The Metropolitan Transit System finalized an agreement Wednesday with the city of Mendoza, Argentina, to donate as many as 39 older trolleys that began operating in San Diego in 1995, a move that will clear room for the newest generation of light rail vehicles for MTS.
The vehicles headed for Mendoza are part of the second generation of trolleys at MTS, the Siemens SD100 series. After almost 30 years, MTS decommissioned the trolleys to lower maintenance costs and improve the customer experience.
According to the transit agency, they will become part of the Metrotranvia Mendoza light rail fleet.
“As MTS modernizes its trolley fleet, we are very glad to see our older models continue to be put to use, serving the people of Mendoza to carry residents to work, school and other activities, just like they’ve been doing in San Diego for almost 30 years,” said Sharon Cooney, MTS CEO. “I’d like to personally thank our friends from the city of Mendoza for this partnership. It’s great to see light rail flourish in other parts of the world the way it has in San Diego, while also keeping these vehicles from the scrap heap or landfill.”
The light rail systems in Mendoza and San Diego are compatible, evidenced by a 2012 sale of 24 MTS trolleys to Mendoza from its first generation fleet.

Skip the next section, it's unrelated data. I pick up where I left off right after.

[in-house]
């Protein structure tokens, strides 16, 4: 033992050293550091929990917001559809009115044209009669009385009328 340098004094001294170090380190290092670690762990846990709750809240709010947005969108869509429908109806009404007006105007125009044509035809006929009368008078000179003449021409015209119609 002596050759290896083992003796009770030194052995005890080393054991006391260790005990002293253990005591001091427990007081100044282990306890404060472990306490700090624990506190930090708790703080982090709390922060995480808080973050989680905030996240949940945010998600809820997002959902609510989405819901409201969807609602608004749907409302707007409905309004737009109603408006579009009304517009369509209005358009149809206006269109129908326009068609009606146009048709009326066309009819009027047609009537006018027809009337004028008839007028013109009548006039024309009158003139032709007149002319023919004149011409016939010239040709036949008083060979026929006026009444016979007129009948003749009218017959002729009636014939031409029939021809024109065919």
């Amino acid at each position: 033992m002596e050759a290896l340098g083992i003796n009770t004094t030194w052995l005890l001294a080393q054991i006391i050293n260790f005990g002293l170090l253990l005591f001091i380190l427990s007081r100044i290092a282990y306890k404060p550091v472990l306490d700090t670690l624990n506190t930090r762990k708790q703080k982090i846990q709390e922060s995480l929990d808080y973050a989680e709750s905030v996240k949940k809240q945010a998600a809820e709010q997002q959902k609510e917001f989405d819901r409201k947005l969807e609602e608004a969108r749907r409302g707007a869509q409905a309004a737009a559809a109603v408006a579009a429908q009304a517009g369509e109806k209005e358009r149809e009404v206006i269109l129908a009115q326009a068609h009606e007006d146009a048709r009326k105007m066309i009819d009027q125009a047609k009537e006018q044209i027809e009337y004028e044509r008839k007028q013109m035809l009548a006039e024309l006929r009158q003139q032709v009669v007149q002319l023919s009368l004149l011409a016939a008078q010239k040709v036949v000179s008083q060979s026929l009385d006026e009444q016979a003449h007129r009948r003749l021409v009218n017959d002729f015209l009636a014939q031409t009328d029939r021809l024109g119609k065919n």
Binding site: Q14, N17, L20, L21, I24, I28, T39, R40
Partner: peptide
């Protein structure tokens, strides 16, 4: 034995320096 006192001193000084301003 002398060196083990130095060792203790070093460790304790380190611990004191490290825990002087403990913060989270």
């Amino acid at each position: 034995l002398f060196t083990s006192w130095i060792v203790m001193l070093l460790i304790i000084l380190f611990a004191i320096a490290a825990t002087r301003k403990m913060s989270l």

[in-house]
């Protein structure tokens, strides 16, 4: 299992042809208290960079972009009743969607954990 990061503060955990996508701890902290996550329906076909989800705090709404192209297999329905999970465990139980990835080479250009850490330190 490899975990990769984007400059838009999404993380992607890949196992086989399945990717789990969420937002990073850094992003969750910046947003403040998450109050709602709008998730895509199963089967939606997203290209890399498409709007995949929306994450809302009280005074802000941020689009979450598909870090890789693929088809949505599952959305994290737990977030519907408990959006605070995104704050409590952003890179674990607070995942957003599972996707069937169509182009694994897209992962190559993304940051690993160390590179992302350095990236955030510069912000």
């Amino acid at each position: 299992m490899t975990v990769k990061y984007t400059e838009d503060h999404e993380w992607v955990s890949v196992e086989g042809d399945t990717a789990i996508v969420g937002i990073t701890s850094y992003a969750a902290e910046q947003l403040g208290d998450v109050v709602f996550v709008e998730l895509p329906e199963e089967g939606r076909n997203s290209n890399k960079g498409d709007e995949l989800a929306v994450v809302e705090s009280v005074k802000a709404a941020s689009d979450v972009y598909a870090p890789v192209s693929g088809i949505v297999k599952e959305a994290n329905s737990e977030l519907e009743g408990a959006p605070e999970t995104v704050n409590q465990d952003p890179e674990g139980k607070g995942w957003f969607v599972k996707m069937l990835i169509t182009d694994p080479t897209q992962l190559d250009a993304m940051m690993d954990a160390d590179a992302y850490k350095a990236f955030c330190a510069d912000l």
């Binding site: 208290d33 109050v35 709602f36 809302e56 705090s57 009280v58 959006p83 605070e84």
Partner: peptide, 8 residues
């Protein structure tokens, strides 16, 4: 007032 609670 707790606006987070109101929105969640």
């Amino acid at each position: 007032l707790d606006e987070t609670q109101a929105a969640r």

“The exceptional condition of our trolleys is a testament to the excellent work of our maintenance workers, technicians and trolley operators,” said Wayne Terry, MTS Chief Operating Officer, Rail Division. “Donating these light rail vehicles to Mendoza benefits the city’s economy and residents. It will also cost MTS zero dollars to execute. It is a win-win for both transportation agencies.”
The Mendoza government is covering all costs associated with the donation and shipping, according to MTS, including labor for a team of MTS workers to reassemble the cars and plans to send technicians to San Diego in the near future for maintenance and operations training.
To make the trip to South America, the vehicles will be dismantled into two pieces and encased in plastic. They will be transported by truck to Long Beach, by boat to Antofagasta, Chile, and then by truck the remaining distance to Mendoza through the lower Andes.
The first three cars just arrived in Mendoza, and shipments are expected to continue over the course of the year. Terry and a team of MTS maintenance staff made the trip to Mendoza to oversee the arrival.
City News Service contributed to this article.